Opinion / China Dream in expats' eyes

Raising my half-Chinese son after divorce

By Susan Blumberg-Kason ( Updated: 2015-09-25 09:42

When I moved to Hong Kong at the age of twenty-three, I gravitated toward Mainland communities there, namely the one at the university where I attended graduate school. I had studied Mandarin at that point for about five years.

I started teaching English to a Mainland graduate student named “Cai” that first semester. Although I didn’t know this custom at the time, people in China back in the mid-1990s dated with the intention of marrying. As Cai and I met each night for English lessons, we talked about ourselves and I felt closer to him than guys I had very briefly dated in the US. But I kept wondering why Cai didn’t ask me to a movie or dinner.

One night that all changed. He mentioned marriage and dating in the same sentence. We were engaged before we stepped off campus together for our first date.

Raising my half-Chinese son after divorce

Susan and her kids pose for a photo. [Photo provided by Susan to]

For many reasons, our marriage only lasted five years. A decade after Cai and I had both re-married, friends shared advice that might have helped our marriage if we’d heard it earlier. One friend strongly suggested that international couples live in each other’s home countries before agreeing to marry. Although I had traveled to China, I had never lived there before marrying Cai. And Cai had never touched foot in the US before marrying me.

We’ve been divorced for fifteen years now and our seventeen-year-old son—who has never been to China—is starting to think about a future there. As Jake applies to universities, he’s looking for study abroad programs in China, preferably Shanghai, where his father now lives.

So how did Jake get to this point where he wants to study in China?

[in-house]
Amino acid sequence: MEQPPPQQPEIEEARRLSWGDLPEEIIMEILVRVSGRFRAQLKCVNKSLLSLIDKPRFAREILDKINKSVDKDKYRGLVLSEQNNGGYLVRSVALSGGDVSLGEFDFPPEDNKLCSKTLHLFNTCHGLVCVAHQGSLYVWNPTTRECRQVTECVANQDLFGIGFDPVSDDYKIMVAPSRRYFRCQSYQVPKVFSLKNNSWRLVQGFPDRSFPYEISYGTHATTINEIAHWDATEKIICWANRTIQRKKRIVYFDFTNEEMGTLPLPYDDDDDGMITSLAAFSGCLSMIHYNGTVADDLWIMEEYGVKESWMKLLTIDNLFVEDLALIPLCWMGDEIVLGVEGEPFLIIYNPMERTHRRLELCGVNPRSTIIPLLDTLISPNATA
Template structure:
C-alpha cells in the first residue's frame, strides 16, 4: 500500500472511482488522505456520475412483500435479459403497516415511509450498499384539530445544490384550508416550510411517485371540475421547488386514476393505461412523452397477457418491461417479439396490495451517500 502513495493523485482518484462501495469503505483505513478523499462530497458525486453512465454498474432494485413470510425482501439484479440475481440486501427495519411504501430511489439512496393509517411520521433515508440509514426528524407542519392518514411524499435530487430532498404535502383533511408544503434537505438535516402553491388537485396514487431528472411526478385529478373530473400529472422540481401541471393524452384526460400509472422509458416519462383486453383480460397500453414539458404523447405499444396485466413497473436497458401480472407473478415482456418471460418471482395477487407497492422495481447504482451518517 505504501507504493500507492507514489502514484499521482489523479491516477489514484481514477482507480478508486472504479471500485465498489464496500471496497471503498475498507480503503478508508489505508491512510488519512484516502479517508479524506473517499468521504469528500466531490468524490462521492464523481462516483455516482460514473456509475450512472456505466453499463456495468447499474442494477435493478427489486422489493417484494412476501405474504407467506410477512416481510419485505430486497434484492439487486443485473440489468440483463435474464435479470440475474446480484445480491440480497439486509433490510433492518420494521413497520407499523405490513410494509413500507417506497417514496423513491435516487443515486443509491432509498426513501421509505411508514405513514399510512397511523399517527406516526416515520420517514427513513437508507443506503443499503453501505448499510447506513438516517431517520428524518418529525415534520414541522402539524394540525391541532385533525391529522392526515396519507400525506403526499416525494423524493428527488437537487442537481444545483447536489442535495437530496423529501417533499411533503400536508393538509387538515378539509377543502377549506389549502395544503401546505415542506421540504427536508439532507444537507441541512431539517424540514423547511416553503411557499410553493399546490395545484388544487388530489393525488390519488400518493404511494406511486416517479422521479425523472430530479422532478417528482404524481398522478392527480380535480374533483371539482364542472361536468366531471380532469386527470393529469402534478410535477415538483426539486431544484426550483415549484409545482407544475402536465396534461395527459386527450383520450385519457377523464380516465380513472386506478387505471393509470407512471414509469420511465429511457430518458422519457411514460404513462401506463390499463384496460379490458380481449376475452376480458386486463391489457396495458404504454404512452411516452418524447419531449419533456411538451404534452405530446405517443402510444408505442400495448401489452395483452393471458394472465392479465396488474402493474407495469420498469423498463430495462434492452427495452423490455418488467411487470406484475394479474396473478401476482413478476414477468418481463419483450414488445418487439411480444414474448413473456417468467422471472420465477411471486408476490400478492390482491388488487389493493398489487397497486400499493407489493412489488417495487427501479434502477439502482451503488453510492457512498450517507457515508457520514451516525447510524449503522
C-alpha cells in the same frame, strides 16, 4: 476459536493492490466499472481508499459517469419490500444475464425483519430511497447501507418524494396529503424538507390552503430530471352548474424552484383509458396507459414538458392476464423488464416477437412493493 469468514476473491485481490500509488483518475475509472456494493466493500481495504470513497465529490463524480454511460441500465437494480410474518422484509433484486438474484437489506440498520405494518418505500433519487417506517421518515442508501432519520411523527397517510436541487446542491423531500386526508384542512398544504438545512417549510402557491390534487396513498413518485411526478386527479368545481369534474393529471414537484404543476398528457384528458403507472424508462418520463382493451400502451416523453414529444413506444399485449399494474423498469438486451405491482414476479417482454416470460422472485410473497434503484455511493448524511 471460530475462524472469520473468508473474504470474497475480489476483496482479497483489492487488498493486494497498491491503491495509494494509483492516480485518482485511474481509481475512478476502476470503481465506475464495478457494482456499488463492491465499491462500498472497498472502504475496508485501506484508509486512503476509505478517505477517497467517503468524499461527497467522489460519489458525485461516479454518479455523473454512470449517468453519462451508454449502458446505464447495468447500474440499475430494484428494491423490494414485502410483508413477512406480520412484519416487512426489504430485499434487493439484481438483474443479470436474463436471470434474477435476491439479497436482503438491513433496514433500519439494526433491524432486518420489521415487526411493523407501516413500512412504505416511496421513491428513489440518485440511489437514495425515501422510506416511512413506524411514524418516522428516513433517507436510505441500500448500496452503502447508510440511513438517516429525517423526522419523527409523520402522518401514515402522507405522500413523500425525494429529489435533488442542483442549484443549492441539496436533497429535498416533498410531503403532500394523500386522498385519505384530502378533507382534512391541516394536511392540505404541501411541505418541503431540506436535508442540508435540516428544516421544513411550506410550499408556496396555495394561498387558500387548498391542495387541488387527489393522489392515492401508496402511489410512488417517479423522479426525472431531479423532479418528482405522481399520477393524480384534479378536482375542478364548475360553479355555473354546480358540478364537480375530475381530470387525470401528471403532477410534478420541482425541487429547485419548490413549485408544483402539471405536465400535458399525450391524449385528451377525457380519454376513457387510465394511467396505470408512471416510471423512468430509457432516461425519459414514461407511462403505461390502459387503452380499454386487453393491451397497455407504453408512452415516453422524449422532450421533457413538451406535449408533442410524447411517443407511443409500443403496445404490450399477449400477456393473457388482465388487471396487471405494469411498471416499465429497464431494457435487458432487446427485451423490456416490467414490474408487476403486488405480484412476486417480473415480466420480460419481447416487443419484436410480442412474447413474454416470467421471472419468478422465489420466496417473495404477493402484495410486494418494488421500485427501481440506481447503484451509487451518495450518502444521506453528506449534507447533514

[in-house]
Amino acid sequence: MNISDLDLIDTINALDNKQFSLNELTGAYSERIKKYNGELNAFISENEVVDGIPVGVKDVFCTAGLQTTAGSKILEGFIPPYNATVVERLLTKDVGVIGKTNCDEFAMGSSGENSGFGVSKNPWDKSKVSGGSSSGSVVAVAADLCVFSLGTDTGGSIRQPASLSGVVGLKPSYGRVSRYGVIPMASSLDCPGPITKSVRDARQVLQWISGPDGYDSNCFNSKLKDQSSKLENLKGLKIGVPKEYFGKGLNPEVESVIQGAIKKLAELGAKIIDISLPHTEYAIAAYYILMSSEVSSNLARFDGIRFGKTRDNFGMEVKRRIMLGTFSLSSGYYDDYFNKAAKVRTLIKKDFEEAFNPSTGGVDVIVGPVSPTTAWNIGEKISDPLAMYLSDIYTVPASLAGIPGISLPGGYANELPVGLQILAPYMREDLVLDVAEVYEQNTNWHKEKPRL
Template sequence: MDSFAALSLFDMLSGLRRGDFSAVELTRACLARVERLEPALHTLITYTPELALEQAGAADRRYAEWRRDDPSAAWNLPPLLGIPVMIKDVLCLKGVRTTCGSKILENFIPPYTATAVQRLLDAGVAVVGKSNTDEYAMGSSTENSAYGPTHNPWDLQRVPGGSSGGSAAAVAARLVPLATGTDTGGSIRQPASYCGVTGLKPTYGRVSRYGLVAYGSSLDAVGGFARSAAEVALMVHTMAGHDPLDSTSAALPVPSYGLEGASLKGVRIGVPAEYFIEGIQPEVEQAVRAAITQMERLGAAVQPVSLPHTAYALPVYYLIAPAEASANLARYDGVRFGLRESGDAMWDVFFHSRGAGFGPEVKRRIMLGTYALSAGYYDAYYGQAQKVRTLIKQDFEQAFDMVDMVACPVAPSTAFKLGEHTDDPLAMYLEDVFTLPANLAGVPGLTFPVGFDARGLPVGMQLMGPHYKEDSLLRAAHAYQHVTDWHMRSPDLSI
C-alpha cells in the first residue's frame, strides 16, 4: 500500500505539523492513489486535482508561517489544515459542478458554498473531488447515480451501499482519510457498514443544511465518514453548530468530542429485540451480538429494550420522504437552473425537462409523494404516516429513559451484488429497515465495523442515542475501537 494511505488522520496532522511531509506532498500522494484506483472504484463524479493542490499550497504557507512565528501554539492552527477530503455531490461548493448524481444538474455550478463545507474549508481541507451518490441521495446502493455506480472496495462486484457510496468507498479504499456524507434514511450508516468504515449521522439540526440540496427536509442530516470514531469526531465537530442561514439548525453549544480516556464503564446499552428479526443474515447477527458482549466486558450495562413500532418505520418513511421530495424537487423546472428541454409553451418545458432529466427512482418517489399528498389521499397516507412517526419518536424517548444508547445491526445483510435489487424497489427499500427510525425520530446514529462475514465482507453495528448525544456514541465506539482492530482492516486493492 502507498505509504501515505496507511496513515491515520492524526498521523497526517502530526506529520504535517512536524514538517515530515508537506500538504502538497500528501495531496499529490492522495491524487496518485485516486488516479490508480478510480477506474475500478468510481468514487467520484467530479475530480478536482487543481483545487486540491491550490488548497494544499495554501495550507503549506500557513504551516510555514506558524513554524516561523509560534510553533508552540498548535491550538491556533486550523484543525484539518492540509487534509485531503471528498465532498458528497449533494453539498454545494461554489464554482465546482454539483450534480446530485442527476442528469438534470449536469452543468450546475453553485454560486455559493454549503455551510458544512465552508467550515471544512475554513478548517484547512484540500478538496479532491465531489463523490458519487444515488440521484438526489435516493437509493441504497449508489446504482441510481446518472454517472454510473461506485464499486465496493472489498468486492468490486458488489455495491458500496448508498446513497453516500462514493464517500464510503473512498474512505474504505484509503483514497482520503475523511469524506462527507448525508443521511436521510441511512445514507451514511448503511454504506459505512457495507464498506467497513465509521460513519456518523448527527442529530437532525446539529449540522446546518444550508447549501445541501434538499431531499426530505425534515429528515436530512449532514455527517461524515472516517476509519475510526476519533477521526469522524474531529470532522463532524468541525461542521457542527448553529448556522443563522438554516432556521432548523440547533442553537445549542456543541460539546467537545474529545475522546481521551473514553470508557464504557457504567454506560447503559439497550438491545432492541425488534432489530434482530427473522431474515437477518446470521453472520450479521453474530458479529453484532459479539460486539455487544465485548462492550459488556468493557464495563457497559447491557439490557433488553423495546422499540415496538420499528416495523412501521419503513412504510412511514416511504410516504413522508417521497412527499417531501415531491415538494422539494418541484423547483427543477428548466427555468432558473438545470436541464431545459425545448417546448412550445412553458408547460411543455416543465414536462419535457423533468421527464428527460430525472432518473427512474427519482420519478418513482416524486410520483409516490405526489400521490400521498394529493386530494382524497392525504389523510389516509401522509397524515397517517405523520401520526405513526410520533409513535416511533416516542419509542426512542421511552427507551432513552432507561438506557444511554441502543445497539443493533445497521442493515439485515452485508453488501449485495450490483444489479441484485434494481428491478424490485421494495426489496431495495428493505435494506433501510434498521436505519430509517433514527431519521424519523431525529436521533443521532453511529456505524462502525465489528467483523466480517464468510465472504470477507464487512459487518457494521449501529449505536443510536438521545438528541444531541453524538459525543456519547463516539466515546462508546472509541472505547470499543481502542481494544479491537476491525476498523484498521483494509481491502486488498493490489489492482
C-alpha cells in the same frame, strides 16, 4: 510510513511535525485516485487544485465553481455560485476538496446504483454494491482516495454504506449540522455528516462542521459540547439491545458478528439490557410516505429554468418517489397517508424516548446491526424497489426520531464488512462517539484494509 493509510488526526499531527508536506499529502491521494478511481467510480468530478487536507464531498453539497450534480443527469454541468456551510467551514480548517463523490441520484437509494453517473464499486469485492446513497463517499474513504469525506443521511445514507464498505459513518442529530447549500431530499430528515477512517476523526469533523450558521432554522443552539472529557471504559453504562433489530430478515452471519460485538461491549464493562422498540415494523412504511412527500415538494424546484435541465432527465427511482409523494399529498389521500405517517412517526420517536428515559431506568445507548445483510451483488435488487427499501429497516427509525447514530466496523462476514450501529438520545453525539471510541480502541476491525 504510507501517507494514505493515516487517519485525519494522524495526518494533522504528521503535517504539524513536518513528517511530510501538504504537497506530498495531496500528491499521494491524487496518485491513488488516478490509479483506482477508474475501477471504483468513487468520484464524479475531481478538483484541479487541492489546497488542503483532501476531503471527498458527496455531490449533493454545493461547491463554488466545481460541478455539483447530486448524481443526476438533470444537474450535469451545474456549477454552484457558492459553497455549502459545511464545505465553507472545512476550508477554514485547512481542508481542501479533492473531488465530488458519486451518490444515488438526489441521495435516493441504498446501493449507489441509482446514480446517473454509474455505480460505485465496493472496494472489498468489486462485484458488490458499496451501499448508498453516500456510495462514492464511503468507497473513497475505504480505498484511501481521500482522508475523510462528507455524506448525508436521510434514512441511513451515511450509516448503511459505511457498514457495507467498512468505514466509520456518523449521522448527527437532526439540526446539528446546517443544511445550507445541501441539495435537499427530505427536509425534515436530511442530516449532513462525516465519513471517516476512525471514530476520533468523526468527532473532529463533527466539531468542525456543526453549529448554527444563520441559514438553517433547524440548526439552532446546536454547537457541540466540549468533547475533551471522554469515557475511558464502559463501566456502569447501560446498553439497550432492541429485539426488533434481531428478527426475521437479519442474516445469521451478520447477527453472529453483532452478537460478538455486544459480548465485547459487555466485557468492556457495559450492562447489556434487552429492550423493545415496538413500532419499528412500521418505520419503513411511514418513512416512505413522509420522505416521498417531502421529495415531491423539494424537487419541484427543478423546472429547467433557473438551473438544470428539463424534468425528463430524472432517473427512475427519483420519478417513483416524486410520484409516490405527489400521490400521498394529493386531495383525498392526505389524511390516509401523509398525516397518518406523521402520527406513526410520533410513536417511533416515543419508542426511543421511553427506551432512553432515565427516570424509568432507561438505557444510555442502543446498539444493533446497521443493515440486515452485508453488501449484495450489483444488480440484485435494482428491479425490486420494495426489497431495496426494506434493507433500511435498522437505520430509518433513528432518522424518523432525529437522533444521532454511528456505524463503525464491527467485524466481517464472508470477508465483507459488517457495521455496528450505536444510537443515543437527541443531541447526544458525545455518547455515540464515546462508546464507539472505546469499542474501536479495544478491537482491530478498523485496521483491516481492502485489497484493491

After I returned to my parents’ home in Chicago when Jake was barely two, I made a point to teach him about Chinese culture. Cai stayed in California, then moved back to Hong Kong before returning to the Mainland with his new wife. So I was pretty much on my own with exposing Jake to his Chinese heritage.

I immediately sought out Chinese language classes for Jake. He studied Mandarin at various schools and centers from the age of two to thirteen, but only once a week, so the language never stuck. One of the reasons Jake wants to live in China is to learn Chinese and to have a place to use it daily.

Since remarrying ten years ago and having two more kids, I’ve made sure my whole family learns about Chinese culture. We eat mooncakes at the Mid-Autumn Festival, watch Dragon Boat races in Chinatown in the summer, and indulge in hot pot in the winters. I’ve dragged Jake to Chinese movies at film festivals in Chicago and Chinese New Year banquets with my Hong Kong graduate school alumni group. My six- and eight-year old children are so familiar with dim sum that they order for all of us when we go to Chinatown. I’ve also shared my own stories from my time in Hong Kong and China years ago.

It’s important for me to raise Jake with a good understanding of his Chinese heritage, but equally special for me to make sure his siblings learn about their brother’s background, too. Learning another culture was an important part of my young adult years and I want to give my kids that same opportunity, that same foundation, to be open to a world of possibilities.

Susan Blumberg-Kason is the author of Good Chinese Wife: A Love Affair with China Gone Wrong and a contributor to a couple of anthologies based in Hong Kong. She is currently working on a book about raising her kids with Chinese and Jewish culture.

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